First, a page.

For most cities, landing a baseball team after years of effort represents a great civic triumph, a mark of authenticity, something that identifies the community as a formidable American metropolis. Think Phoenix. Think Seattle. Think Tampa Bay. Think, for that matter, of Montreal.
But Washington is not a city that needed anyone to pat it on the head and say, "You're all grown up, now." It started to get over its inferiority complex in the 1870s, when Boss Shepherd decided that sewer lines and paving would be appropriate. Two world wars and the Depression boosted the power of the federal government, and now there's tech money in the mix, and about 6 million people when you count the suburbs. The city is overrun with politicians, diplomats, media big shots, millionaire lobbyists and various other would-be masters of the universe. It's not like the city needed a team to boost its ego.
Glory days: The Senators take on the Yankees at D.C.'s Griffith Stadium in the season opener, April 17, 1956. Will today's Washington root, root, root for the new home team?
(Evan Vucci -- AP)
"We're not like Milwaukee or Kansas City that desperately need their franchises to stamp them as big-league cities," said Hanbury.
It's something of a mystery that baseball stayed away so long. The Orioles and their dyspeptic owner, Peter Angelos, didn't help matters, nor did the fussiness of baseball Commissioner Bud Selig and the other members of the cartel known as Major League Baseball. But it's also a matter of record that when the city had a team it often didn't have many fannies in the seats.
Brotman remembers those days. The problem wasn't the fans, it was the team, he says.
"In the past, Washington has had, unfortunately, a less than terrific baseball team," he says. Things got so bad that as the 1964 season approached, Brotman suggested a slogan that would honestly and directly address the team's firm grip on last place: Off the Floor in '64. Management loved it.
In the later years of the Senators, the team would get a full house on opening day as Brotman introduced the president of the United States to throw out the first pitch. But the second day, he said, hardly anyone would show up.
But Brotman and Hanbury said yesterday that the city has changed so dramatically, demographically, that history won't repeat itself. The suburbs have boomed since the 1960s, and the Washington metropolitan area now ranks near the top of a list of the most affluent communities in America.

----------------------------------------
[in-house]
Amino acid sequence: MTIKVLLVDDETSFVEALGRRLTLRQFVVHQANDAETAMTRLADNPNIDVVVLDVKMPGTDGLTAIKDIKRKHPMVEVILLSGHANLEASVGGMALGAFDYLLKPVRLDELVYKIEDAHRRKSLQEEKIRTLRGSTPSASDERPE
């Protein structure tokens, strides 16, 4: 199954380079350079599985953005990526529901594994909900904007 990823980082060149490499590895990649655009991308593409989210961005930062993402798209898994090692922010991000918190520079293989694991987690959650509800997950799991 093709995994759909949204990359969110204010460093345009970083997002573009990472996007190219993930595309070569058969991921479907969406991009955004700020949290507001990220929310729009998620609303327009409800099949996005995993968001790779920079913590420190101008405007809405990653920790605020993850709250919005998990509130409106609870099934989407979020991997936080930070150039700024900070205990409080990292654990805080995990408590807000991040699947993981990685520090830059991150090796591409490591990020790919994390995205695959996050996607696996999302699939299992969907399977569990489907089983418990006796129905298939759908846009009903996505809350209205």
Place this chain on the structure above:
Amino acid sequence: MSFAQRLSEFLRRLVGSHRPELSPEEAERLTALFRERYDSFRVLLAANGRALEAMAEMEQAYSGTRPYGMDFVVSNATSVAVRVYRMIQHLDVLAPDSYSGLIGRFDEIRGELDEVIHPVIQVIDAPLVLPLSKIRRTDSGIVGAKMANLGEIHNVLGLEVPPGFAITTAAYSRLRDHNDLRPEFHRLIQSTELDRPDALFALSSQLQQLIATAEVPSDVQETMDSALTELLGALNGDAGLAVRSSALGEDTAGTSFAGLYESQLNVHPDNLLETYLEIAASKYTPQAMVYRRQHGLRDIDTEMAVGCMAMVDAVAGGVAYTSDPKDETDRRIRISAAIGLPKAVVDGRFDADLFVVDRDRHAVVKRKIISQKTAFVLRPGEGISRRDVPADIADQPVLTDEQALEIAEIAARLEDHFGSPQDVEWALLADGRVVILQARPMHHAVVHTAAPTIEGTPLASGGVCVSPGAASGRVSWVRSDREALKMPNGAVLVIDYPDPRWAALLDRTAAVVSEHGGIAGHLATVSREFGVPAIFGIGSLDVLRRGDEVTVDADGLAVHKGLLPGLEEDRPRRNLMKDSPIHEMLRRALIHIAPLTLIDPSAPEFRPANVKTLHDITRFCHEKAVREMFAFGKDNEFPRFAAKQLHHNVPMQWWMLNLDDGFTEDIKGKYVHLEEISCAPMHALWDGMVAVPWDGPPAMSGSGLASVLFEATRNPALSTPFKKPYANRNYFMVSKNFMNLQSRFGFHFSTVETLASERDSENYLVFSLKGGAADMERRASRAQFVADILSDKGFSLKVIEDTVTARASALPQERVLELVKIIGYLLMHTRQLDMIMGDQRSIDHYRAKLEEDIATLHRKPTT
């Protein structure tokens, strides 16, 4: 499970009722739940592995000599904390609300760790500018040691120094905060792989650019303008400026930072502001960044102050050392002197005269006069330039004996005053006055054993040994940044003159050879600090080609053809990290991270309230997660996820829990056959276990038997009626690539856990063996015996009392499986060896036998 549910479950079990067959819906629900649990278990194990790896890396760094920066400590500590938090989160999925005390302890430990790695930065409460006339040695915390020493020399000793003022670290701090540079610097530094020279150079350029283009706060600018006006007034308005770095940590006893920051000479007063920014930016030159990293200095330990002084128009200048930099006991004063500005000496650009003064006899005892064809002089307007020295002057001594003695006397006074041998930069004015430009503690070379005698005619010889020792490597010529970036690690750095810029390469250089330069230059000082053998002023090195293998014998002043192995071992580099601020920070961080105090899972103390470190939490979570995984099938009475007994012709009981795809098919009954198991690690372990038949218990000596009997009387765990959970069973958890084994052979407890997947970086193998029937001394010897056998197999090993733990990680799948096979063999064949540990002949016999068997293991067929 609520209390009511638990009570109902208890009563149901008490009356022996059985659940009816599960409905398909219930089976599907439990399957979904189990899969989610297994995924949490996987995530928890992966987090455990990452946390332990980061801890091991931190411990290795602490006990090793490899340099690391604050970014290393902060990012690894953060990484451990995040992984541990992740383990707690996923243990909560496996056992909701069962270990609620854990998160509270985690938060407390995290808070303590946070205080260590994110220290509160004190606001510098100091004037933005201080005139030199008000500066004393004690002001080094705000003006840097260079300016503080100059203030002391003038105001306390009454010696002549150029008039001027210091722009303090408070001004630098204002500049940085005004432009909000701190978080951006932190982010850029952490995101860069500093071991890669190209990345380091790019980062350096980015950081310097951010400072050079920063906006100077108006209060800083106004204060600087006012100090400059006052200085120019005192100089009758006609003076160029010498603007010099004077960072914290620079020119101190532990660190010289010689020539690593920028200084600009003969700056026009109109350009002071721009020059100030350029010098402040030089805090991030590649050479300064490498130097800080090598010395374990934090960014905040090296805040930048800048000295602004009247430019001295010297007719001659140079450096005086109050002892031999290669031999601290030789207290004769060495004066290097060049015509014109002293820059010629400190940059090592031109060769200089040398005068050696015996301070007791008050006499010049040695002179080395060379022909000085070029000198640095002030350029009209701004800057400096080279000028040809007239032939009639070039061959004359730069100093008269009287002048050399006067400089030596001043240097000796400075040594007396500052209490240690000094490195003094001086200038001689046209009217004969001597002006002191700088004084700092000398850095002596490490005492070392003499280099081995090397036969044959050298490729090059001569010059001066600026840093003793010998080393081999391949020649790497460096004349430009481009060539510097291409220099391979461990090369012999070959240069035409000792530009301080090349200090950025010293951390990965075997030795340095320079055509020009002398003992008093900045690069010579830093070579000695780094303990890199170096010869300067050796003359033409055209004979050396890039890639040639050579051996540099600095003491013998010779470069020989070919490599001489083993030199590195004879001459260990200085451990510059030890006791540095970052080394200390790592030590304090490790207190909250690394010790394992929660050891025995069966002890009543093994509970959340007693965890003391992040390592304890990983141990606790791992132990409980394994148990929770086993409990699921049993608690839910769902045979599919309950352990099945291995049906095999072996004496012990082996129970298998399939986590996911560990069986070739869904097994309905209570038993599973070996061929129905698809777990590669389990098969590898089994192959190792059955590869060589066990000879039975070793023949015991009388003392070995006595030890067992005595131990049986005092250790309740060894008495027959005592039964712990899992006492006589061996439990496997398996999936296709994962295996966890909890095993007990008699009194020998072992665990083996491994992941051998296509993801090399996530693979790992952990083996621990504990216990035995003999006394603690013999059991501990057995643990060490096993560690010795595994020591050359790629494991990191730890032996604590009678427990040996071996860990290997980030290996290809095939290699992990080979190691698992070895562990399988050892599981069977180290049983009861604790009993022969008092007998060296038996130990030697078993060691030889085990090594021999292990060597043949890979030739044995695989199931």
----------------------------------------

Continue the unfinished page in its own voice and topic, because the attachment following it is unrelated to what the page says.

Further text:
"We have twice the number of people in the region today as we did 30 years ago. A much more affluent constituency now. And right now, Washington, D.C., has the strongest economy in the country," Hanbury said.
The buzz is that baseball needed Washington more than Washington needed baseball. The nation's capital not only has lots of people and boodles of money, but by placing a team here, Major League Baseball can try to reclaim the lost fan base among African Americans.
"Kids in the inner city are not playing baseball right now, as a whole," said Brendan Sullivan, co-director of Head First Baseball, a company that runs baseball clinics for youngsters. "The reality is, if you go down into parts of the inner city, we'll run a clinic and ask kids, name a Baltimore Oriole, and a lot of times no one in the group can name a single one."
But that's now. Spring training is only five months away. On opening day this may not only feel like a baseball town, but feel like a great baseball town. It'll be a hot date for singles, and dads will think they're heroes for taking their kids to the ballpark. And as the game goes into the bottom of the seventh inning, everyone in the stadium will stand and lustily sing, "Take me out to the ballgame."
They actually sang it yesterday at the big announcement. Brotman led the way, belting it out with gusto, swaying on stage. But most of the people in the place didn't appear to know the words.